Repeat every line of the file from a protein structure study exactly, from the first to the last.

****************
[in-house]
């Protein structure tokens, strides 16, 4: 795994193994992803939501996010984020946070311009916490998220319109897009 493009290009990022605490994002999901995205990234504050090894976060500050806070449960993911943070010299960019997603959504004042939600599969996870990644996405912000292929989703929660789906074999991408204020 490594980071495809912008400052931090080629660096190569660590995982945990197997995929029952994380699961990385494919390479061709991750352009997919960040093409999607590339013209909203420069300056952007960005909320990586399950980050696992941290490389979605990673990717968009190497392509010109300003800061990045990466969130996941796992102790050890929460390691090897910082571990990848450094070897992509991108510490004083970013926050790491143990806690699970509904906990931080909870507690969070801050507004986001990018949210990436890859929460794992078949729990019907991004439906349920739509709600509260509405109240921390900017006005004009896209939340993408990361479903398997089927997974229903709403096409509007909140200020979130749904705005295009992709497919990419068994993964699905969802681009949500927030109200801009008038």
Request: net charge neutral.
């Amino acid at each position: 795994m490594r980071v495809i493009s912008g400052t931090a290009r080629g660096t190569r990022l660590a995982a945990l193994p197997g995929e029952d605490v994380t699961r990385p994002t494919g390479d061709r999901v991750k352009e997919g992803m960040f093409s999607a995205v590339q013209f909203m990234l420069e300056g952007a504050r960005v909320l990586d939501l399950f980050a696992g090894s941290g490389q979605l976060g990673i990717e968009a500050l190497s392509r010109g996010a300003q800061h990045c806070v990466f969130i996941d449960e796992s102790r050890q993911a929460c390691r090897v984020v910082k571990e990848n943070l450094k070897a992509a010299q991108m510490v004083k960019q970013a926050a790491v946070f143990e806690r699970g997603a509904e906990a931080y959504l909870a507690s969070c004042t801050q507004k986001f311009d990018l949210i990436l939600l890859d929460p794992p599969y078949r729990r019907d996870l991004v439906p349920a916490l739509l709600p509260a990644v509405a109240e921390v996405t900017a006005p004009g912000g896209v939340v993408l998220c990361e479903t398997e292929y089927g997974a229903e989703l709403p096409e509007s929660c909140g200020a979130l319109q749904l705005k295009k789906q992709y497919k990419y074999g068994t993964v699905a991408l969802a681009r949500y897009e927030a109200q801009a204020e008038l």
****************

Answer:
[in-house]
């Protein structure tokens, strides 16, 4: 795994193994992803939501996010984020946070311009916490998220319109897009 493009290009990022605490994002999901995205990234504050090894976060500050806070449960993911943070010299960019997603959504004042939600599969996870990644996405912000292929989703929660789906074999991408204020 490594980071495809912008400052931090080629660096190569660590995982945990197997995929029952994380699961990385494919390479061709991750352009997919960040093409999607590339013209909203420069300056952007960005909320990586399950980050696992941290490389979605990673990717968009190497392509010109300003800061990045990466969130996941796992102790050890929460390691090897910082571990990848450094070897992509991108510490004083970013926050790491143990806690699970509904906990931080909870507690969070801050507004986001990018949210990436890859929460794992078949729990019907991004439906349920739509709600509260509405109240921390900017006005004009896209939340993408990361479903398997089927997974229903709403096409509007909140200020979130749904705005295009992709497919990419068994993964699905969802681009949500927030109200801009008038």
Request: net charge neutral.
């Amino acid at each position: 795994m490594r980071v495809i493009s912008g400052t931090a290009r080629g660096t190569r990022l660590a995982a945990l193994p197997g995929e029952d605490v994380t699961r990385p994002t494919g390479d061709r999901v991750k352009e997919g992803m960040f093409s999607a995205v590339q013209f909203m990234l420069e300056g952007a504050r960005v909320l990586d939501l399950f980050a696992g090894s941290g490389q979605l976060g990673i990717e968009a500050l190497s392509r010109g996010a300003q800061h990045c806070v990466f969130i996941d449960e796992s102790r050890q993911a929460c390691r090897v984020v910082k571990e990848n943070l450094k070897a992509a010299q991108m510490v004083k960019q970013a926050a790491v946070f143990e806690r699970g997603a509904e906990a931080y959504l909870a507690s969070c004042t801050q507004k986001f311009d990018l949210i990436l939600l890859d929460p794992p599969y078949r729990r019907d996870l991004v439906p349920a916490l739509l709600p509260a990644v509405a109240e921390v996405t900017a006005p004009g912000g896209v939340v993408l998220c990361e479903t398997e292929y089927g997974a229903e989703l709403p096409e509007s929660c909140g200020a979130l319109q749904l705005k295009k789906q992709y497919k990419y074999g068994t993964v699905a991408l969802a681009r949500y897009e927030a109200q801009a204020e008038l």